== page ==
Just type “passwd root” on the text consoles, where root is logged in. Besides, the logged in desktop user “knoppix” is one exception that can switch to the root account without a password using sudo, so you can use the rescuing tools and configure system services without having to work as root in your X-Window session. You can also use this feature to set up a password for Knoppix or root, if you really wish to be able to login via SSH from the network.
If you install Knoppix to harddisk using Christian Perle’s knx-hdinstall script, this scheme is (like most other Knoppix extensions) changed back to the Debian defaults, and you have to choose a password for knoppix and root during installation.
If you use Knoppix in Terminalserver mode on the other hand, there is an option that should make it impossible to get root on the clients, which are booting via PXE, simply by disabling all setuid programs and letting the text consoles only run under the knoppix user’s account. This should be a good setting for Internet cafes or classrooms.
With companies like SUSE, projects like Kroupware and a number of high profile developers, such as yourself, the German Linux scene seems pretty active. What is the state of Linux in Germany?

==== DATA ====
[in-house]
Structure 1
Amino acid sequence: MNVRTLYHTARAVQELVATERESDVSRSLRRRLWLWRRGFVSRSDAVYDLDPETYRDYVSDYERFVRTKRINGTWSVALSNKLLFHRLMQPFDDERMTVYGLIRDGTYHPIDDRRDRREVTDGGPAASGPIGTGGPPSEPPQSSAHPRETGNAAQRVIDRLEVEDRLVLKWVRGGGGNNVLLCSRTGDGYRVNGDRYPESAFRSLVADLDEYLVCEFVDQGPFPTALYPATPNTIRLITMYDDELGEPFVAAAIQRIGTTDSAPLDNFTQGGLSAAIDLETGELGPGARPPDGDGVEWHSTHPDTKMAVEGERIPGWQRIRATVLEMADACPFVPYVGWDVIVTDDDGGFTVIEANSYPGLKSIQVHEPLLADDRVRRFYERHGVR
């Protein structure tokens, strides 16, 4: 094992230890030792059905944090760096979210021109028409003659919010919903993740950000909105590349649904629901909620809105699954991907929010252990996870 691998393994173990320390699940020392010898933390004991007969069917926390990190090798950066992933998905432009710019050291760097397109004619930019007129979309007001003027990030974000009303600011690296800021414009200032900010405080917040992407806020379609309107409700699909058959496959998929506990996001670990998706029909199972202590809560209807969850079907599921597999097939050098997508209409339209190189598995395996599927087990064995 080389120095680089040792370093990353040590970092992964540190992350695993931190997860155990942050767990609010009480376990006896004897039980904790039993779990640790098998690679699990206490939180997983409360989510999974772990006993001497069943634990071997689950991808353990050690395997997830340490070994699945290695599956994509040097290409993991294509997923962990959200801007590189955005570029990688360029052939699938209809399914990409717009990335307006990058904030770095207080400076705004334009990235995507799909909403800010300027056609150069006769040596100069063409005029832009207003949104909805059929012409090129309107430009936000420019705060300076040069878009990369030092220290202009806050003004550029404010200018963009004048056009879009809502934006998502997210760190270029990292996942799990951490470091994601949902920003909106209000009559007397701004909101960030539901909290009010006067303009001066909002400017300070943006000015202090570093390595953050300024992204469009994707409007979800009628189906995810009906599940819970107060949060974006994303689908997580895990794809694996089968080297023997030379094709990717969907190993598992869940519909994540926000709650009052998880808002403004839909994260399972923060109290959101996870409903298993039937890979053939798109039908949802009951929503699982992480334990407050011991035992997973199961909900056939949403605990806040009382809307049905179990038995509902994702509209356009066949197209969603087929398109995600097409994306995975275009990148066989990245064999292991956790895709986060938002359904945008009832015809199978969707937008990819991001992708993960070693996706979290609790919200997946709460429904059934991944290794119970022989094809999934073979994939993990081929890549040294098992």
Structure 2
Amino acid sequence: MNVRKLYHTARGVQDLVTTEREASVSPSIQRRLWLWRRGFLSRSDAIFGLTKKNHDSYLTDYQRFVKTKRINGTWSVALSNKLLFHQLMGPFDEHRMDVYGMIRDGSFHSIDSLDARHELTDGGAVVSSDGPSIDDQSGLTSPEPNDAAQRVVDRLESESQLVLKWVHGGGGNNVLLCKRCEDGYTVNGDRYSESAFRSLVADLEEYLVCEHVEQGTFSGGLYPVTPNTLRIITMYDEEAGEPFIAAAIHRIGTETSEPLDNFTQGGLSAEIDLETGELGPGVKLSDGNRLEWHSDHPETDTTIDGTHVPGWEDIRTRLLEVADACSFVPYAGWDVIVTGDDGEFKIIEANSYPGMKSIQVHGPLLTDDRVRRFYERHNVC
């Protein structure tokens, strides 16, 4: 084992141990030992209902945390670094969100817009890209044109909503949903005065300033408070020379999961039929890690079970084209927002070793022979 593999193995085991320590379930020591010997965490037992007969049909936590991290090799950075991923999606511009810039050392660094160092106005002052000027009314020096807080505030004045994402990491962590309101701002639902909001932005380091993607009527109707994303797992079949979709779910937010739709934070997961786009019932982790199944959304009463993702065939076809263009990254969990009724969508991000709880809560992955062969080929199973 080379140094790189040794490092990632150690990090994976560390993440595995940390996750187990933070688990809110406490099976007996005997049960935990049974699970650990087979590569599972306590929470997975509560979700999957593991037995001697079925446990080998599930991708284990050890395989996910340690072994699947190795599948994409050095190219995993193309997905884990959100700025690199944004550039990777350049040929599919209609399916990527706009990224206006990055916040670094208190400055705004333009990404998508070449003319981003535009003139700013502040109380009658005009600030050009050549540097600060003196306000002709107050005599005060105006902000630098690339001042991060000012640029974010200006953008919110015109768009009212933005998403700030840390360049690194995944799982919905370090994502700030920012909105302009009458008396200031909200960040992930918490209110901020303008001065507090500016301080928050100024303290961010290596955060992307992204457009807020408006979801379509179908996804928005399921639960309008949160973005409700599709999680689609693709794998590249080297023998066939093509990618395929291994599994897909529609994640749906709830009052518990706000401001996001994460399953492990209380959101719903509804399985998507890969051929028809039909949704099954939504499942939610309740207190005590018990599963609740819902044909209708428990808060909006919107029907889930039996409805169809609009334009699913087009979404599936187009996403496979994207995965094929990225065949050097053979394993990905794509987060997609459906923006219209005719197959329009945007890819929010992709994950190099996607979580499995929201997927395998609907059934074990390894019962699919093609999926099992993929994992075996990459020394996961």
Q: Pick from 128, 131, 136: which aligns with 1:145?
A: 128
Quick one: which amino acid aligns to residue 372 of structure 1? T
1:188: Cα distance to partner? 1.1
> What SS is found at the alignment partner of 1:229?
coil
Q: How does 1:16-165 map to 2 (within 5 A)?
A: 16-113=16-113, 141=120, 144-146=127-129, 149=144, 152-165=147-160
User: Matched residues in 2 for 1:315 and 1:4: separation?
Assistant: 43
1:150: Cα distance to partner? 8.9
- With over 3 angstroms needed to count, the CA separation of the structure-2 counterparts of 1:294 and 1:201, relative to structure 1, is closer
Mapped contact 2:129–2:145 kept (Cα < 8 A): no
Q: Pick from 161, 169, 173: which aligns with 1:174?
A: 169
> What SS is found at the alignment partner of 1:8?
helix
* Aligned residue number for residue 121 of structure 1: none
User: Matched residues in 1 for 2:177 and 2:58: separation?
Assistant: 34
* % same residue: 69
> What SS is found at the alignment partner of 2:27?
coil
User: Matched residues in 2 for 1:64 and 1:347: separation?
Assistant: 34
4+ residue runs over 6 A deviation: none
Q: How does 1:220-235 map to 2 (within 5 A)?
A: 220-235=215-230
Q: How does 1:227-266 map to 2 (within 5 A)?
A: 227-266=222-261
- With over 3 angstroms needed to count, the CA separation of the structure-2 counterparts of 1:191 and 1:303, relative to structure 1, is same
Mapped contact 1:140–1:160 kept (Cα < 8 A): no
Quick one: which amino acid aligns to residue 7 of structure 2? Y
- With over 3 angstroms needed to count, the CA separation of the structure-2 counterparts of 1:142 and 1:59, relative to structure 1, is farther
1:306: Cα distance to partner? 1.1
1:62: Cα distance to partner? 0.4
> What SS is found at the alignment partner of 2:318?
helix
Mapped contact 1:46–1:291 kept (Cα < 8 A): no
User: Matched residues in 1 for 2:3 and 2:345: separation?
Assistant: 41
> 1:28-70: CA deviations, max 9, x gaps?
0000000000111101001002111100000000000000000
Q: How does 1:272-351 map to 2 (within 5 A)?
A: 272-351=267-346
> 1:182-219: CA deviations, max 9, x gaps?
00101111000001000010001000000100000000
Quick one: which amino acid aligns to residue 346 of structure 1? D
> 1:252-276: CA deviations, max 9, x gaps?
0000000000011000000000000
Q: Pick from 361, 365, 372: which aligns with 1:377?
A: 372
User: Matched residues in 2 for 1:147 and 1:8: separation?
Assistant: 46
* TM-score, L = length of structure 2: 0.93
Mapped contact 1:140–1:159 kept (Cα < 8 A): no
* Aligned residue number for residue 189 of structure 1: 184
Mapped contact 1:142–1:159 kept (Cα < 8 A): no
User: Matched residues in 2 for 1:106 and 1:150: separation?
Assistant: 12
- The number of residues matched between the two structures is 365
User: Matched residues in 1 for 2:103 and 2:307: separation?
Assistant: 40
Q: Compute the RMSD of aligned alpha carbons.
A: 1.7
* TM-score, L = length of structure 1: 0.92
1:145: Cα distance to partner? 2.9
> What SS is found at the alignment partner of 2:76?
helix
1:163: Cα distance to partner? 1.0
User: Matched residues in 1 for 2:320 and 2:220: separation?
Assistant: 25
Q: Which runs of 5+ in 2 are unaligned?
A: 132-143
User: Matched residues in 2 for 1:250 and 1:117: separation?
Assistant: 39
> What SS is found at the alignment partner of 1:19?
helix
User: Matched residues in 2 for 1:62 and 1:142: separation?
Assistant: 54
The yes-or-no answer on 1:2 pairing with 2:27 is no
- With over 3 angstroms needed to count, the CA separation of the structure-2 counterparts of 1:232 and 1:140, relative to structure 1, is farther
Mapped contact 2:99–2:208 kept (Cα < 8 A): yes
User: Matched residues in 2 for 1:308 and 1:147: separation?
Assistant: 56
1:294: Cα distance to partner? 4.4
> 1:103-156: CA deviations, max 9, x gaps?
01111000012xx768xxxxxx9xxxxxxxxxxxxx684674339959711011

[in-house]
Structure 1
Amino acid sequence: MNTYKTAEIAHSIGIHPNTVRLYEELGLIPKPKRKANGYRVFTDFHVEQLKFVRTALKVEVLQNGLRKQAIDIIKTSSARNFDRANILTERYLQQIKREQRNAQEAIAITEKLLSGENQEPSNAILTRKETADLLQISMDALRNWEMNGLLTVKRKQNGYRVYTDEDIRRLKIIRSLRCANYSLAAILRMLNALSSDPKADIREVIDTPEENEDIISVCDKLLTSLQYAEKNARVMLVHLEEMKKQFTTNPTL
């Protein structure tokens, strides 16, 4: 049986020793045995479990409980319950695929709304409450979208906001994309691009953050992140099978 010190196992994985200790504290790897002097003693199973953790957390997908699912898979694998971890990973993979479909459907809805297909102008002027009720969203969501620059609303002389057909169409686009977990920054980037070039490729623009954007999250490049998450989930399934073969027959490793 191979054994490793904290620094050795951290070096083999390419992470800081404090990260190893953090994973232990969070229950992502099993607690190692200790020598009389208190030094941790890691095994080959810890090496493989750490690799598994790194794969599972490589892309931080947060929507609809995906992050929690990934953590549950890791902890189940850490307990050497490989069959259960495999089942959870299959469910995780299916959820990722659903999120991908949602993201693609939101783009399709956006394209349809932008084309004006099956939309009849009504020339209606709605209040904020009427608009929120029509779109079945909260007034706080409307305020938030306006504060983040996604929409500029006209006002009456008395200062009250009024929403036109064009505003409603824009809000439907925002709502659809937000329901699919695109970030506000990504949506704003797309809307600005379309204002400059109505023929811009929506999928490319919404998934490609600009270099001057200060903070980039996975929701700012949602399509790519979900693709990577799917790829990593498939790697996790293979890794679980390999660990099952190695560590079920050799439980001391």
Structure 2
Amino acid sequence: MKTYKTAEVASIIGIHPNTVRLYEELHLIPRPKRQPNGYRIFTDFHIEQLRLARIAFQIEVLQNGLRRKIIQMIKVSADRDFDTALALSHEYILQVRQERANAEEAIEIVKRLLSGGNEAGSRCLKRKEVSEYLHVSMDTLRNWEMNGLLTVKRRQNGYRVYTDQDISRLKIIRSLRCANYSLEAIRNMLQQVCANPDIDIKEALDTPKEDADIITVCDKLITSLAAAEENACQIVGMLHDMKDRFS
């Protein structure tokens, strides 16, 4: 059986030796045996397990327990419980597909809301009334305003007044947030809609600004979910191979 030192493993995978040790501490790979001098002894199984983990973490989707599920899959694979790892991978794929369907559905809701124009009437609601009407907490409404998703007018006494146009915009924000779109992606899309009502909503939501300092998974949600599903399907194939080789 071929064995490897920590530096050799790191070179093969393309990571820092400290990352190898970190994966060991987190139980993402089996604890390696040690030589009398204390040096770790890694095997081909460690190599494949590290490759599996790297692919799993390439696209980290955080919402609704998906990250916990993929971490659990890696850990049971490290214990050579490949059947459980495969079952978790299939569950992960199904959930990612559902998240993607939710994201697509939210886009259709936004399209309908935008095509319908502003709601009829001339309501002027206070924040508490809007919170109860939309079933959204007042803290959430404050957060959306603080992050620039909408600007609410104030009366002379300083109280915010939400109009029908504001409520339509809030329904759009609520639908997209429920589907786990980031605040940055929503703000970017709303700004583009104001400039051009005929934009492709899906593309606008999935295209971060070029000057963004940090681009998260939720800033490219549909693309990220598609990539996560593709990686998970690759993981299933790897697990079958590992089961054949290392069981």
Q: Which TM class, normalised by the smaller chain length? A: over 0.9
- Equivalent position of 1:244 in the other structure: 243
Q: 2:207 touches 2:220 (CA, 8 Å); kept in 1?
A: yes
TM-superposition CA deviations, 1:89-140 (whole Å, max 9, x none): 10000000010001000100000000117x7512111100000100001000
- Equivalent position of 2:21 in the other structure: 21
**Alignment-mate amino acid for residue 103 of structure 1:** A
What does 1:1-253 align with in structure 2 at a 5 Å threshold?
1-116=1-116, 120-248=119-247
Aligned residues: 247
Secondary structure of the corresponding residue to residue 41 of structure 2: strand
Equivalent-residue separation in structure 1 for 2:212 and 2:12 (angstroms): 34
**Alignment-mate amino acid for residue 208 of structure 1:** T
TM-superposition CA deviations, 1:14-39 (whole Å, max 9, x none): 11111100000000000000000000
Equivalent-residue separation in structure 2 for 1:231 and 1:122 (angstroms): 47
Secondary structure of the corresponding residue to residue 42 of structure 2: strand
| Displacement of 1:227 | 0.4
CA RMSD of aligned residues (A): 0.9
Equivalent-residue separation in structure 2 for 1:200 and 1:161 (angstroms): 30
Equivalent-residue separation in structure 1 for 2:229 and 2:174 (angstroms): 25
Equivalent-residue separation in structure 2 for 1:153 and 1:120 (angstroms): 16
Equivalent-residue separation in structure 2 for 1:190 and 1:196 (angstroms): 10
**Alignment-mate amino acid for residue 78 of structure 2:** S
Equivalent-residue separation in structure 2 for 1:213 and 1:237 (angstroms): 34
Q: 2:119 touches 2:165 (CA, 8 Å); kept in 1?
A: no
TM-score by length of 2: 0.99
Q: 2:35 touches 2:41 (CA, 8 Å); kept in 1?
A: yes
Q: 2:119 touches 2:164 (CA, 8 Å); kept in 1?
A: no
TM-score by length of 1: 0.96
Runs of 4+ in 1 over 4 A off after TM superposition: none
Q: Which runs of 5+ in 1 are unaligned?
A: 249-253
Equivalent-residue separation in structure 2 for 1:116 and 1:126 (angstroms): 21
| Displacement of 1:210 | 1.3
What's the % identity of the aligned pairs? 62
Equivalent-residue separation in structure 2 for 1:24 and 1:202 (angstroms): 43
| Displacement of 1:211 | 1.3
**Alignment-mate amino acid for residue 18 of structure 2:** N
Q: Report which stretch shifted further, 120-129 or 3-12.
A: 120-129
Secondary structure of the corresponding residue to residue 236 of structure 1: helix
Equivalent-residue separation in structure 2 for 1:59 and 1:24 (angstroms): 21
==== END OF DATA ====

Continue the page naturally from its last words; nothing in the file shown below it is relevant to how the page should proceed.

There are a lot of migrations towards GNU/Linux in companies, schools and also governmental institutes, last but not least because of the added value that the Free and OpenSource software licenses give to the recipients of the software. You can hire a vendor of your choice for software adaptation and customization, you can copy, modify and sell the software in unlimited numbers, plus you are the legal “owner” of the software, as opposed to having only a limited right-of-use for proprietary software. These facts have lead to GNU/Linux being widely accepted, also in mission-critical environments with appropriate support by trusted vendors. Also, for document exchange, it is vital to use open standards, to make sure you will still be able to read an archived document 10 years from now.
So, apart from many active developers who just happen to live in Germany and other European countries, there is also a lot of commercial interest in the development of GNU/Linux based software here, which may be an additional motivation for some programmers to contribute or sell services based on Free Software.
About the Interviewer:
Alexander Antoniades lives in New York City and works as freelance technology consultant, using every last piece of computer knowledge he’s acquired over the past two decades to make ends meet.